Modern female icons inspire series of powerful portraits by Samantha Louise Emery
Whether it’s your mum, your nan, your year six teacher, Rena Riffel from Showgirls, Simone de Beauvoir or just a mate, most of us have an inspirational woman or two in our life worth celebrating.
Artist Samantha Louise Emery has done just that, creating a series of ten portraits celebrating the women who have inspired her throughout her life for the series IKONA | Mirrored Interior.
Each piece – made over exactly nine months—was created using digital drawing, photo compositing, embroidery and painting. Emery digitally printed each image, beforehand embroidering them with silver, copper and golden thread, then applying acrylic paint before stretching the canvas with stainless steel cable wire onto custom-made frames. The idea is that the final stretched piece resembles a skin and a way in which the artist can get under the skin of those women she’s depicting.
The pieces show their subjects as abstracted portraits that are only truly revealed with close scrutiny. Among those Emery has turned her focus to are the wonderful artist and musician Laurie Anderson; Anatolian vegetable seller Sadiye, whom Emery described as “crazy yet beautiful”; writer and comedian Caitlin Moran and activist and Nobel Peace Prize winner Malala Yousafzai.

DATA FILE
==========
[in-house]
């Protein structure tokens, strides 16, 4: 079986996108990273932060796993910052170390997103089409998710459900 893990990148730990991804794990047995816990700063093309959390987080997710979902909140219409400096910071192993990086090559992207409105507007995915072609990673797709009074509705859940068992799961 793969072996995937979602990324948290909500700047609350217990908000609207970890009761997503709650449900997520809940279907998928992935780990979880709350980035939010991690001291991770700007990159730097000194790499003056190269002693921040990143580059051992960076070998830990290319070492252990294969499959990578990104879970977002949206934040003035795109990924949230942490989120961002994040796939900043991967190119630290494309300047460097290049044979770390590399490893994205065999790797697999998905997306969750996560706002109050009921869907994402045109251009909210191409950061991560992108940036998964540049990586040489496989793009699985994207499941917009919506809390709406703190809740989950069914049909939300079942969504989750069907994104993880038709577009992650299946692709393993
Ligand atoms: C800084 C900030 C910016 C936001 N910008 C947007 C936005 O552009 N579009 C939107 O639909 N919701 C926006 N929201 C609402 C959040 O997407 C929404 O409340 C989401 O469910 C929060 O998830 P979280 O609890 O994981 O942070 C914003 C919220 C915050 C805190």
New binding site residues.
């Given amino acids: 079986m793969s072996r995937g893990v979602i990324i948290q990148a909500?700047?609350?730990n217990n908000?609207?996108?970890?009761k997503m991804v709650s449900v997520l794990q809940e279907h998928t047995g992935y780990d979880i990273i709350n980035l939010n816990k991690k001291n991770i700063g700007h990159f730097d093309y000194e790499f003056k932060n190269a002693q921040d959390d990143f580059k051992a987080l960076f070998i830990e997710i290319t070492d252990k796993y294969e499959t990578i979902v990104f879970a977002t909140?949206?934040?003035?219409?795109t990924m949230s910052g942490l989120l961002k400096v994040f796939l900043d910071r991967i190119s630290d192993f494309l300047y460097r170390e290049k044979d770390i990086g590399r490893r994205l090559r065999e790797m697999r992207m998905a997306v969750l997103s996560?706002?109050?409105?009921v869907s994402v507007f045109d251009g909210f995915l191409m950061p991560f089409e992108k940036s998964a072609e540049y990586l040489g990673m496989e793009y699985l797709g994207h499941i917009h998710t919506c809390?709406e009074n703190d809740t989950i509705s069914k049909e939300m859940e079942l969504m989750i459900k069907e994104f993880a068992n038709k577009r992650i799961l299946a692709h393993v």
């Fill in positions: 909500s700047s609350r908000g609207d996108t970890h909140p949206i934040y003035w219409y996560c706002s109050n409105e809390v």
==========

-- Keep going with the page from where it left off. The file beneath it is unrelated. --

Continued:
“My series IKONA honours 10 women alive today who have inspired my evolution and journey in rediscovering the source of a woman’s power, the Feminine spirit,” says Emery. “I believe in the potential and majesty of female solidarity and feel privileged to live in a time of change when many women have asserted their Feminine selves and have inspired others through their actions.”
Each of the pieces also incorporates imagery of Emery’s own body, showcasing the connection she feels with her subject and also intimating at her vulnerability as an artist. This comes to its conclusion in the final portrait, titled IKONA 10 Lucy. Emery’s father nicknamed her Lucy; and the piece is a self-portrait in which the artist represents herself as two entities: one is her as “free”, the other as a hooded figure in the process of liberating herself.
A portion of the money made from selling the work is donated to the Working Chance charity, the only recruitment consultancy for women leaving the criminal justice and care systems; and the Malala Fund which works to give all girls the chance to an education.